Kristi's Kids

Aug 19, 2013 1:00 AM by Kristi Tedesco

Military family's short goodbye

Tucson - An Air Force mom is extremely upset. She says her plans to say goodbye to her daughter were cut short at Tucson International Airport.

Southern Arizona is home to thousands of military families and when service members deploy for duty or leave on assignment it's emotional.

To make it easier, the Transportation Safety Administration has a policy allowing family members to go through security and wait with their service member at the gate.

They can also be at the gate for the homecoming.

The policy can be found on the TSA website:

Military Family Member Gate Passes

Family members who want to accompany a military service member being deployed to the boarding gate or greet them returning from deployment at the arrival gate may receive passes to enter the secure area of the airport.

Interested military family members should contact their air carrier representative at the departure/arrival airport for proper local procedures.

Gate Passes are issued by the airline at the ticket counter with proper identification.

But that was not granted to the Cruz family.

Amanda-Jade Cruz earned her E.M.T. certification by the time she was 19.

"And she realized she had to be 21 in order to get on any type of an ambulance company," says Michelle Cruz, Amanda's Mom.

Amanda didn't want to waste time so she followed her father's boot steps and joined the Air National Guard.

Amanda left Tucson for basic training in Texas last week. Military families consider this their first deployment.

"Well the anticipation was all weekend. And we spent all weekend with her. She wanted her special last meal," says Michelle.

She learned from other Air Force moms about the gate pass.

Amanda would say goodbye to her family after checking in and mom would go to the gate with her, their last chance for a mother-daughter, heart-to-heart.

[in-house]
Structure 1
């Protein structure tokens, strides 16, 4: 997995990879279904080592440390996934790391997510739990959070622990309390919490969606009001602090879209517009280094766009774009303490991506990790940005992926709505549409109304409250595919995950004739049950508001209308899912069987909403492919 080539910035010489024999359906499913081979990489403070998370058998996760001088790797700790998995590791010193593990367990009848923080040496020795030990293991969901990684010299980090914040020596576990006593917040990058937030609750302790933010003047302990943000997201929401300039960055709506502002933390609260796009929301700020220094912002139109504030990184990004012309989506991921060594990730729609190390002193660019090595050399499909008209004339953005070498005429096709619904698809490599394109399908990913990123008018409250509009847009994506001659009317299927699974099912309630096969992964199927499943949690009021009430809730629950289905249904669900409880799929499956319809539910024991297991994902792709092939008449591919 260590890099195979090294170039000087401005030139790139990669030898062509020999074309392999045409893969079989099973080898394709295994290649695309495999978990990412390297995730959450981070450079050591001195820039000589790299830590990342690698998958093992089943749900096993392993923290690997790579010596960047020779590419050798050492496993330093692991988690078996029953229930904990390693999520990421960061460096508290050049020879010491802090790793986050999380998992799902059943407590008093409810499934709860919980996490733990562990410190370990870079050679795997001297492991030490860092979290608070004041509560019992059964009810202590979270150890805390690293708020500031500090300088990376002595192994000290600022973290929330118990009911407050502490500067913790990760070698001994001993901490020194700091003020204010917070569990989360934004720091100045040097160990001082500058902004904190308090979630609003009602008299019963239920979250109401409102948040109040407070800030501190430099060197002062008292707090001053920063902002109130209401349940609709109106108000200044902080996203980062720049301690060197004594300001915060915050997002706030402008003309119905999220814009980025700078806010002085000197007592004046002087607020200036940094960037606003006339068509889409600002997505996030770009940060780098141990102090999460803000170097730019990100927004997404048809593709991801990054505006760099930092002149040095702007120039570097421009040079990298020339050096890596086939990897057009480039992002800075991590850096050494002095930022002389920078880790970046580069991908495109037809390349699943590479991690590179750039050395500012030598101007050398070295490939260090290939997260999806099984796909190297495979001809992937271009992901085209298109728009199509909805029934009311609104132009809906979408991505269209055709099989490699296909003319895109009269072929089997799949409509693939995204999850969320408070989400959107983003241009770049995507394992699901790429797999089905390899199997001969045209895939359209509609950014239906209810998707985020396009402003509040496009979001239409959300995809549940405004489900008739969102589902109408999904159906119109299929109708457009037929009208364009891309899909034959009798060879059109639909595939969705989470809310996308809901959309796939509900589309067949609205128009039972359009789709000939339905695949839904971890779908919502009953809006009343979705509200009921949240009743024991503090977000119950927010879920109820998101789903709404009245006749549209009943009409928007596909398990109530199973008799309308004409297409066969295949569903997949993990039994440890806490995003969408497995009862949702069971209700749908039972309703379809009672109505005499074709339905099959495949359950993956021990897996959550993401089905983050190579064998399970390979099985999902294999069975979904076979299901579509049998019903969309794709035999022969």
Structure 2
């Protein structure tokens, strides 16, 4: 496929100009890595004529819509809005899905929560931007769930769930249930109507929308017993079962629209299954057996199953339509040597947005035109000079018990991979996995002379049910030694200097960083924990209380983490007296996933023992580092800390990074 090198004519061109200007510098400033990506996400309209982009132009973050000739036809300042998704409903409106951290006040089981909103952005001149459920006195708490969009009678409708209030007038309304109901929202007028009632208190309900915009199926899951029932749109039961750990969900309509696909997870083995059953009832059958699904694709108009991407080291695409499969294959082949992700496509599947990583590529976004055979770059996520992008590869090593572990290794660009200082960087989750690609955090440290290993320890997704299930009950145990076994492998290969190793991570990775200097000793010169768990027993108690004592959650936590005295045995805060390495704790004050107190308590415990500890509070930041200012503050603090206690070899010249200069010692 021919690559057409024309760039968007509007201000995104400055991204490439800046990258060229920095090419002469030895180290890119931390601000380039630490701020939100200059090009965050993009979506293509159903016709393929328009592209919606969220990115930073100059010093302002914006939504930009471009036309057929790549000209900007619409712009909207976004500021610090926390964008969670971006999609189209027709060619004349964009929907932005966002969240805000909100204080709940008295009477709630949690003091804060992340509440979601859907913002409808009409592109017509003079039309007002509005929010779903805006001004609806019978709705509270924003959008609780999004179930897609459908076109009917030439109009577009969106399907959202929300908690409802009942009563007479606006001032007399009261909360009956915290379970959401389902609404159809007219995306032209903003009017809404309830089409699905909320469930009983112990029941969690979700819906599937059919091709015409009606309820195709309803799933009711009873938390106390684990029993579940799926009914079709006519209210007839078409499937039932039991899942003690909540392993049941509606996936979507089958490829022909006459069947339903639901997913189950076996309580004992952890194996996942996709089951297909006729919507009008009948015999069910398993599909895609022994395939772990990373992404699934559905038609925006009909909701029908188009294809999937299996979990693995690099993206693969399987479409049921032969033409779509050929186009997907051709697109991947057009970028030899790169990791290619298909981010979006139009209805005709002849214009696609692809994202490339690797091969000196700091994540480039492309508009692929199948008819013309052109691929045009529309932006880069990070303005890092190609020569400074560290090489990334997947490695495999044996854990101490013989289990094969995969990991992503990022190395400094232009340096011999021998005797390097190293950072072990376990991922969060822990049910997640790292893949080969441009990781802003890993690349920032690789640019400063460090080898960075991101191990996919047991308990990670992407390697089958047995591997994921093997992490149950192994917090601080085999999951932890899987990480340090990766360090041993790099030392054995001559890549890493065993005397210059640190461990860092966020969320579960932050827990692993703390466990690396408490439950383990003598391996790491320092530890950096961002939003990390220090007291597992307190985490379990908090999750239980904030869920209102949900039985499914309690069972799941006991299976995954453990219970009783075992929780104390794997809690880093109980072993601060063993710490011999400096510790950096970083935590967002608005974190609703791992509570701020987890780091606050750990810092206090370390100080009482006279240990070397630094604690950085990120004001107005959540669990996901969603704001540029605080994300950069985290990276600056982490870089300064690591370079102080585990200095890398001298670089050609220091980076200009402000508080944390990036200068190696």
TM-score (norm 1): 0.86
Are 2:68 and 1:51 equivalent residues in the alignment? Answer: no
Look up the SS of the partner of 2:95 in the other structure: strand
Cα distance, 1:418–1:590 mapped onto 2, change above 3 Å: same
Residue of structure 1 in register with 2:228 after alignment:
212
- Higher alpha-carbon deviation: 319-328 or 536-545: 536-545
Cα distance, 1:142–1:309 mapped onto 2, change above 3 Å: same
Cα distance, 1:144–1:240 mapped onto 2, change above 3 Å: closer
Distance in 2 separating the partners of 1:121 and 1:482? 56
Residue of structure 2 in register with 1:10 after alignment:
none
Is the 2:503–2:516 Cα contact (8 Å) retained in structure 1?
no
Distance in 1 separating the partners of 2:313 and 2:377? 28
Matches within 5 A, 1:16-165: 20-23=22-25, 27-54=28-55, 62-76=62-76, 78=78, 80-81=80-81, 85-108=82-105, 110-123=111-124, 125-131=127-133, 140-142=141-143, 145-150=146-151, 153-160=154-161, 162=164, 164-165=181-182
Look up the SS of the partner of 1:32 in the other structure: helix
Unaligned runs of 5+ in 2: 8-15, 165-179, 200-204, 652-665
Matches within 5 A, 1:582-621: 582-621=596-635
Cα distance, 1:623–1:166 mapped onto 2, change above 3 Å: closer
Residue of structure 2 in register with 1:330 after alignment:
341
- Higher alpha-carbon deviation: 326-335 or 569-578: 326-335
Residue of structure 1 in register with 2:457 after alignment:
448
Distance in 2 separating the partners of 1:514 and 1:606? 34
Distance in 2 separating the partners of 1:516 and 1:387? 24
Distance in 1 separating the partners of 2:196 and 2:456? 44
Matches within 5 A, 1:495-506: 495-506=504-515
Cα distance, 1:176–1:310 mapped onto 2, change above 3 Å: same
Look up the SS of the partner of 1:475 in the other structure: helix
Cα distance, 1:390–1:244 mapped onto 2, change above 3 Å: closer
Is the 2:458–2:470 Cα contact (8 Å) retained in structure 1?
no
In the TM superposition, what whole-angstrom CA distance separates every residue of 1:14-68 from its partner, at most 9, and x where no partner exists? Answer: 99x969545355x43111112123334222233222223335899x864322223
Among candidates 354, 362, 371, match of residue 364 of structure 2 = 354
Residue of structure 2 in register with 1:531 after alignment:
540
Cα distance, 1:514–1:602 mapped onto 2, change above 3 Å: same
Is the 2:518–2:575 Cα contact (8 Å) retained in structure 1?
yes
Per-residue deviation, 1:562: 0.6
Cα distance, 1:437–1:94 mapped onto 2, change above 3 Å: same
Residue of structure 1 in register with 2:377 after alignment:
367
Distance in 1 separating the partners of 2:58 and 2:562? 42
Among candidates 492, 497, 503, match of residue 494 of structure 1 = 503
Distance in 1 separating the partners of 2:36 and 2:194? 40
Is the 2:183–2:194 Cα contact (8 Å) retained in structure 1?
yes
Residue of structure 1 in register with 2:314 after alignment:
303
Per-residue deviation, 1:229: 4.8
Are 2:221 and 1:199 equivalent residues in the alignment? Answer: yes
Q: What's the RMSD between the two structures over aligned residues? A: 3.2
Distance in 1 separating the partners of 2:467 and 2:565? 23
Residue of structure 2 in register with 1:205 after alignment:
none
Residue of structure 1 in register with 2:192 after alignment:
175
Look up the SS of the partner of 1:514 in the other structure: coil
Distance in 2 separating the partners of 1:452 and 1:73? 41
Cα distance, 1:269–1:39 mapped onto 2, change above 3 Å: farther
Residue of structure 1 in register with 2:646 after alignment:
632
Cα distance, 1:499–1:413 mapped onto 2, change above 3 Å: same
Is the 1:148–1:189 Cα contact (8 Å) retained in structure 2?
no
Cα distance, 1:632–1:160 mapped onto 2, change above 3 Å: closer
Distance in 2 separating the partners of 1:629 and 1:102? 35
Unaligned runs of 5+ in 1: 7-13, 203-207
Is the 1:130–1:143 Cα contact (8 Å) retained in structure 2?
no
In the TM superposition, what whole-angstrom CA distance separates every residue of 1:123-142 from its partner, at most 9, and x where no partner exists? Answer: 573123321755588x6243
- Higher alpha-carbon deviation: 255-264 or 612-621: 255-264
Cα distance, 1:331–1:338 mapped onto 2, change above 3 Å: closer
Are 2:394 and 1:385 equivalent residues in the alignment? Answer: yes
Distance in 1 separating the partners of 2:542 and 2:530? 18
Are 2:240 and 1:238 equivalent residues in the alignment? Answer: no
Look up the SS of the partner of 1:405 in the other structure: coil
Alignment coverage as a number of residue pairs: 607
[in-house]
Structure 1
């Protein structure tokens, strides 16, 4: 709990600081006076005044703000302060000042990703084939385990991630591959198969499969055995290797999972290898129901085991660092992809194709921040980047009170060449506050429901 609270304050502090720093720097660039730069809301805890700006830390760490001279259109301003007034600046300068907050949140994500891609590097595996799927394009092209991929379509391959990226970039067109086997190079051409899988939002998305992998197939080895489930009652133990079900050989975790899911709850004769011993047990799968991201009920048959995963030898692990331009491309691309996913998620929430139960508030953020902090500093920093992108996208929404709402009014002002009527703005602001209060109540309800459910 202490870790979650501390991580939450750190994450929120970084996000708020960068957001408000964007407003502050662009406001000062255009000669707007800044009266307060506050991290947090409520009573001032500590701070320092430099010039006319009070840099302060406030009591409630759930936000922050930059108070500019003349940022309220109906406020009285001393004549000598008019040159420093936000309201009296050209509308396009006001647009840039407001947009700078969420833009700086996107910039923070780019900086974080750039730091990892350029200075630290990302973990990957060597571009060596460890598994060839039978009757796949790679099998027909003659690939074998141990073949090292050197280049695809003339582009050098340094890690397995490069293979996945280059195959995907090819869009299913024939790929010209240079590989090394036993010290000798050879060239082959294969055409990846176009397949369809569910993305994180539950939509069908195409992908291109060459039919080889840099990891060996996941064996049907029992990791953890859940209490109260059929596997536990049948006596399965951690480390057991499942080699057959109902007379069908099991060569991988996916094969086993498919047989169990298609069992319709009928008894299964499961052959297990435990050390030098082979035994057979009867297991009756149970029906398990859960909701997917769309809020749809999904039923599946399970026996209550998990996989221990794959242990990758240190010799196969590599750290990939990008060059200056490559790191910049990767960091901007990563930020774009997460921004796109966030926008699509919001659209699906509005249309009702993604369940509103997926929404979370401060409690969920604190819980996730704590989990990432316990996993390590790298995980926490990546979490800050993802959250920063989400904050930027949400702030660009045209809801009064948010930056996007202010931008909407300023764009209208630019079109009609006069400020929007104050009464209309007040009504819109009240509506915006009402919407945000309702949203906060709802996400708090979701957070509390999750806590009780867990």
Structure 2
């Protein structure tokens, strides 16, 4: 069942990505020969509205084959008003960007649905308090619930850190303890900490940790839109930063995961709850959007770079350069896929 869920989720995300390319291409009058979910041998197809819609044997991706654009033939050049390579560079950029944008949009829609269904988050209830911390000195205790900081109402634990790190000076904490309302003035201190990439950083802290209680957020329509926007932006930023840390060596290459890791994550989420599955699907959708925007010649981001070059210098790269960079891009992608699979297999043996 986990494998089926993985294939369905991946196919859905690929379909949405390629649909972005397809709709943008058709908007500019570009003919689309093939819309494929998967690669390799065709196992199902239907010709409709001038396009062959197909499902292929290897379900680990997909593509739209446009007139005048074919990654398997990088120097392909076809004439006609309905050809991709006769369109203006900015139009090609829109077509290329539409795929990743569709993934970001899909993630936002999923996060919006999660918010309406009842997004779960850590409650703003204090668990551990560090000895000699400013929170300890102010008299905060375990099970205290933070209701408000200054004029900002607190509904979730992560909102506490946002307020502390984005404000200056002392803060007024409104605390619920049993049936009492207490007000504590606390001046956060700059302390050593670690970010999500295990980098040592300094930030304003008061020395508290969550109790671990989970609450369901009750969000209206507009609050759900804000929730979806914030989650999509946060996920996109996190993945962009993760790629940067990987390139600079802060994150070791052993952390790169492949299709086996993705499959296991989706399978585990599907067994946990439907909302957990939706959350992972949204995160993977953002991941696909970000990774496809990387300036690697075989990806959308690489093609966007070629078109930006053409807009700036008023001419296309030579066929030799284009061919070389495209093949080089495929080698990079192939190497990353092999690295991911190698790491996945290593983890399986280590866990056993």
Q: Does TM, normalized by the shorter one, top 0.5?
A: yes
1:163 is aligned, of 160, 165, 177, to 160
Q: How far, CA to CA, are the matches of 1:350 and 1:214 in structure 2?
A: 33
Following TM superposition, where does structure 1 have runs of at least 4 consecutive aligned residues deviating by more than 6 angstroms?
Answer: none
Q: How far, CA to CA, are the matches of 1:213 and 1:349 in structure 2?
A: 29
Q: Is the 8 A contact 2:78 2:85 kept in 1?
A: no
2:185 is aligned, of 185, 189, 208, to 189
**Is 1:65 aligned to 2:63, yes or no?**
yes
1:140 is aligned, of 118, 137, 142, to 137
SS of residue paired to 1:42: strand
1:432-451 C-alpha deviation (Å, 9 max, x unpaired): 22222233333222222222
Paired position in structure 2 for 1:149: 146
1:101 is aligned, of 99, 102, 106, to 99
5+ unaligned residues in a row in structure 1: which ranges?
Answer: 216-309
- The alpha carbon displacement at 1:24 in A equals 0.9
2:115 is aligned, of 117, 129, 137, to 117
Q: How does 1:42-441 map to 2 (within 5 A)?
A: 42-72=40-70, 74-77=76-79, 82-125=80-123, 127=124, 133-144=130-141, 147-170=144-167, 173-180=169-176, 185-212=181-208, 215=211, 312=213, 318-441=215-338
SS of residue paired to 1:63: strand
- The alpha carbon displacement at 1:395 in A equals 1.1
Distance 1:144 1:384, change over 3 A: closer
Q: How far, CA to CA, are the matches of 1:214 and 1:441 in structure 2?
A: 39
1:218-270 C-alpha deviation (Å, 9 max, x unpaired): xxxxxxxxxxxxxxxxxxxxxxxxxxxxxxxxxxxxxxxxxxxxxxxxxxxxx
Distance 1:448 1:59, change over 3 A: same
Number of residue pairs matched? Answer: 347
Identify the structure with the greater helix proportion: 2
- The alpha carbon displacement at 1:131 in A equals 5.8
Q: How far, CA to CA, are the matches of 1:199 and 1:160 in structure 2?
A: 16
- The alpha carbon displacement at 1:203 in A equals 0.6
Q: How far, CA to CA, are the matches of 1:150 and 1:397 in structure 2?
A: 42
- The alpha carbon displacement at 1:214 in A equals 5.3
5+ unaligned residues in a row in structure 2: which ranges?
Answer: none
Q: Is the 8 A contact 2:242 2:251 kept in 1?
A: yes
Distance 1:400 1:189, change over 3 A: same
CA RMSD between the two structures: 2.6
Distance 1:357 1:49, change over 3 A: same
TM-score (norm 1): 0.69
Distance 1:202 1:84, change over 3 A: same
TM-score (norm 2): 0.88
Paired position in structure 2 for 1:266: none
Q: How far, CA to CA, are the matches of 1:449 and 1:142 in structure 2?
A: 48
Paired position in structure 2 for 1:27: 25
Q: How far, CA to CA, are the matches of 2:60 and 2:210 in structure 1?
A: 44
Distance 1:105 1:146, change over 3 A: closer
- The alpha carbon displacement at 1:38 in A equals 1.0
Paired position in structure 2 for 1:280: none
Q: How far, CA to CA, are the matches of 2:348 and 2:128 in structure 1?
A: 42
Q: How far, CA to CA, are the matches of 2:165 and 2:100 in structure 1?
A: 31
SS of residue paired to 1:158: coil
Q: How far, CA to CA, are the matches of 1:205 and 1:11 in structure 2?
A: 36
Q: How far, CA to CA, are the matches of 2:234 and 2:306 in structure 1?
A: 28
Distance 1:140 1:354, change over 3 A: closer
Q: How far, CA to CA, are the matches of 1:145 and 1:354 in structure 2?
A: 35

"And her and I planned on this last minute, "you got this you know" and just kind of a meditation and this is going to be ok. Because her and I are, I mean, we're best friends."

Then they asked for a gate pass. Michelle says the ticket agent wanted to know if Amanda was deploying to Afghanistan.

"I said she's going to San Antonio to basic training and she says, ‘well then you need to say good bye to her before she goes through the security.'"

Upset they asked a T.S.A. agent.

"And his attitude was, "Absolutely! What you do is just go to the ticket counter and they will give you a pass," Michelle explains.

They went back to the ticket counter and were denied again.

"I had maybe...10 minutes after that whole fiasco with, ‘no you can't go up there' and Amanda thinking I don't want to be late," Michelle recalls. "I stood there until I couldn't see her anymore."

The next day Michelle was in contact with American Airlines. She says she was told it wasn't supposed to happen that way.

Kristi's kids obtained this statement from American Airlines:

American Airlines has a long history of supporting U.S. troops, veterans and their families. American allows certain non-traveling individuals, including the family of military members, to accompany customers through security and to the gate area for departing flights. The airman's mother should have been allowed to escort her daughter to her departure gate, and we are very sorry she was not given that opportunity. We are making arrangements for the airman's family to visit her in San Antonio later this year.

--Matt Miller
Manager - Media Relations | Communications

Michelle does feel the American Airlines is trying to make things right and will use those arrangements for Amanda's graduation.

In the meantime, what matters most to the Cruz family is that it does not happen to another family.


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